The Menace of Dowry: Its Historical Background

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Sample these two cases that occurred a week ago-

A 25 year old woman was burnt to death by her husband & her in-laws in a dowry dispute in Muzzafarpur, UP.

Another 25 year old software engineer committed suicide,allegedly over dowry harassment by her husband & in-laws.

Educated professionals or non-working, Dowry has taken its toll on women across the country without making any discrimination against caste, religion, economic, social or educational backgrounds of its victims.

As per official figures, about 21 lives are lost to dowry every day in India.

This shocking statistics of crime against women forces can to wonder – Can we ever get rid or this evil of dowry from our society !

The land which worships the Female Forms Of God -Saraswati (Knowledge) , Lakshmi (Wealth) &

Shakti (Strength) as bearing the ultimate Powers unlike the other countries where it’s the Male form that’s worshipped, with absolutely NO regard for a female god, a land where a girl decided who she wished to marry through Swayamvar, has come to become such a conservative land for its female citizens is extremely disturbing.

How and When Did the Evil Of DOWRY come into practice in India?

Its interesting to note that Dowry in its PRESENT form is a gift of the British and NOT an ancient Hindu practice, as we have been made to believe.

In Hindu tradition, the husband and the wife have always been the joint owners of the house hold and its property. Even on the auspicious occasion of marriage the husband was required to take a solemn vow that he would never transgress the rights and interest of his wife in economic matters and secure her as an absolute equality.

In the original system of dowry prevalent in India, women were gifted wealth from their parents and relatives during marriage.

These gifts could be cash, gold, land, or other valuables etc. These valuables or the wealth was given to the bride, and NOT to the groom or his family, which was owned by the wife and not by the husband or his family. This gave the required financial independence to women who would even manage the income from their agricultural land, etc.

European writers like Orme, the French Catholic missionary Jean-Antoine Dubois who came to India in 1792, Malcom etc have praised the status of Hindu women in India. Malcom says that the Hindu women “have a say in the affairs of the state, have a distinct provision and estate of their own, enjoy as much as liberty they desire”. Malcom also praises women rulers like Ahalya Bai of being great administrators.

Philologist Michael Witzel, claims that the ancient Indian literature suggests dowry practices were not significant during the Vedic Period. Property rights for women increased in ancient India, suggest MacDonell and Keith, over the Epics’ era (200 BC to 700 AD).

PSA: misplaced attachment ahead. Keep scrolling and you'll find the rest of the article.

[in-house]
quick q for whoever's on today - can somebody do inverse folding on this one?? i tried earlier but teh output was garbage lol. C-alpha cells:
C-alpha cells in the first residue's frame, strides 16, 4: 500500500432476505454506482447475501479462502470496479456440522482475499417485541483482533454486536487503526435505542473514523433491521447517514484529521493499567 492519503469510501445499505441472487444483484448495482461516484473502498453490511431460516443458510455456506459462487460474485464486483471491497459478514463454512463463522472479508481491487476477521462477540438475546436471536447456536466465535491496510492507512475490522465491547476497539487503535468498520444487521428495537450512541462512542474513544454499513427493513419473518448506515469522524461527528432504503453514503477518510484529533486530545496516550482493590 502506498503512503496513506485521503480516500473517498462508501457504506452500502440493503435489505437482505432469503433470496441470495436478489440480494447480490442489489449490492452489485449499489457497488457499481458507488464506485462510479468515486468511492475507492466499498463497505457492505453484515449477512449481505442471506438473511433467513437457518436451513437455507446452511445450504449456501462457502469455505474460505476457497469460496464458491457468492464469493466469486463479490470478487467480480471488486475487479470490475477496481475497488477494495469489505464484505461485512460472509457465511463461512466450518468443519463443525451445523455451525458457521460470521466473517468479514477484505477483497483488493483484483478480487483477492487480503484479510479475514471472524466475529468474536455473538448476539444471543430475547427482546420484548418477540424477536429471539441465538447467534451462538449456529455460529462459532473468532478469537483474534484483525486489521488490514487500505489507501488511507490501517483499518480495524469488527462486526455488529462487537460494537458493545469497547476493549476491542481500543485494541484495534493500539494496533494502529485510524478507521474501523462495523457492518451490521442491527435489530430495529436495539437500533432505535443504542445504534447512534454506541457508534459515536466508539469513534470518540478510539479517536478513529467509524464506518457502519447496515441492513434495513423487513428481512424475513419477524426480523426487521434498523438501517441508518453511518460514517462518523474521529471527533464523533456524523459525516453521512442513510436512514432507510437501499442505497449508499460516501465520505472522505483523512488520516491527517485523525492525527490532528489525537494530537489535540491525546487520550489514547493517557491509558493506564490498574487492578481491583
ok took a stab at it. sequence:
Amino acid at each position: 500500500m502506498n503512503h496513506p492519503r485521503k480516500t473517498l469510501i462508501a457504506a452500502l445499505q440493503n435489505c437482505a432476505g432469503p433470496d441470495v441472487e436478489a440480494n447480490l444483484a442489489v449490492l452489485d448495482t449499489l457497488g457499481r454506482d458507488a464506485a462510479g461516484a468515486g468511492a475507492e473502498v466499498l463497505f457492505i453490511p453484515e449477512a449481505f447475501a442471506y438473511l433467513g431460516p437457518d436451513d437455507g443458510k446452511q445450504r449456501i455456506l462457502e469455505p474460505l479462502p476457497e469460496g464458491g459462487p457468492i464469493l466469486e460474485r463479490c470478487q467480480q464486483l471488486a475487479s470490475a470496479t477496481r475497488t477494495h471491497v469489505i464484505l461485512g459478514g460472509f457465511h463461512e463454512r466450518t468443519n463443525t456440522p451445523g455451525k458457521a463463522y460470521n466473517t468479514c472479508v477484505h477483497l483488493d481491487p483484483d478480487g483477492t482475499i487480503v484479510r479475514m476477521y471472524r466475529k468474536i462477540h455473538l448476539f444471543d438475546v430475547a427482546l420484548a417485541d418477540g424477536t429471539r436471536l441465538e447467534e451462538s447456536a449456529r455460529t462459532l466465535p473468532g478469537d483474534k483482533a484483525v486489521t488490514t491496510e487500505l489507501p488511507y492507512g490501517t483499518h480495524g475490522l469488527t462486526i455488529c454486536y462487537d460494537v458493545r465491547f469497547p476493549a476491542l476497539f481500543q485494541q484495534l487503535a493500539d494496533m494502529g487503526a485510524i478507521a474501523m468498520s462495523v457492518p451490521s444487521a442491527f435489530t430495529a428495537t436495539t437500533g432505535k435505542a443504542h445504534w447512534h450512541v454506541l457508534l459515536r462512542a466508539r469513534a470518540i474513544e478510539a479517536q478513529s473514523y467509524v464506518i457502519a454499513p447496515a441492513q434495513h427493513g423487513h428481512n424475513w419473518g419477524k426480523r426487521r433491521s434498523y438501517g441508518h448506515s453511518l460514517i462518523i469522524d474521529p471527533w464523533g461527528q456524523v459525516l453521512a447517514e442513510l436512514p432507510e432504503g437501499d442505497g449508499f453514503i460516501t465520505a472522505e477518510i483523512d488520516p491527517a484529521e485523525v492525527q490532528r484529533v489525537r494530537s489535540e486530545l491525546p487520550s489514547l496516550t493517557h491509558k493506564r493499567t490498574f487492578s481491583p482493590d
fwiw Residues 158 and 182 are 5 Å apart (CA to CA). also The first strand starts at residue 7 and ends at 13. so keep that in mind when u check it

Lochtefeld suggests that religious duties listed by Manu and others, such as ‘the bride be richly adorned to celebrate marriage’ were ceremonial dress and jewelry along with gifts that were her property, not property demanded by or meant for the groom.

Al-Biruni, claims that a daughter, in 11th century India, had legal right to inherit from her father,

Though unclear when, why and how the practice of dowry demand by grooms began, whether this happened after the arrival of Muslim rulers in the late 11th century, or with the arrival of Colonialism in the 16th century, or both.

However strange this might seem, but it’s believed that one of the consequences of the Permanent Settlement of Bengal in 1793 by the British under Lord Cornwallis which enabled private ownership of land, unknown in India till then. Private ownership of land was never practiced in India in the past.

All modern day real estate related violence in the country could hence be traced back to this act by the British. People there after started fighting over land.

It was this system which also created the system of Zamindars or landlords in India.Till then, the zamindars were not land lords, but only tax collectors.The Britishers converted these tax collectors into zamindars giving them the ownership of that land.The zamindar or the landlord now owned the land, and it became hereditary. The children of the landlords now became the inheritors of the land.

Later the British prohibited the women from owning any property at all. Thus dowry stemmed from India’s skewed inheritance laws. It was only in 1956 that the Hindu Personal laws were amended giving the right to women to inherit ancestral property. But again those rights were not equal to those of men. Sons had an independent share in the ancestral property, while the daughters’ shares were based on the share received by their father. It was only as recently as in 2005, that the Hindu Succession Act came into force.

The Dowry Prohibition Act was made in May 1961.Its  more than Five Decades now but the laws seem to have largely been unimpactful. For even in 21st century we have ‘almost One death every Hour because of Dowry’.

The figures are shocking -Every year more than Eight thousand women lose their life to Dowry, with UP topping the chart.

Time for Indian Men and Women to Stand Up Against this – And Say NO to Dowry !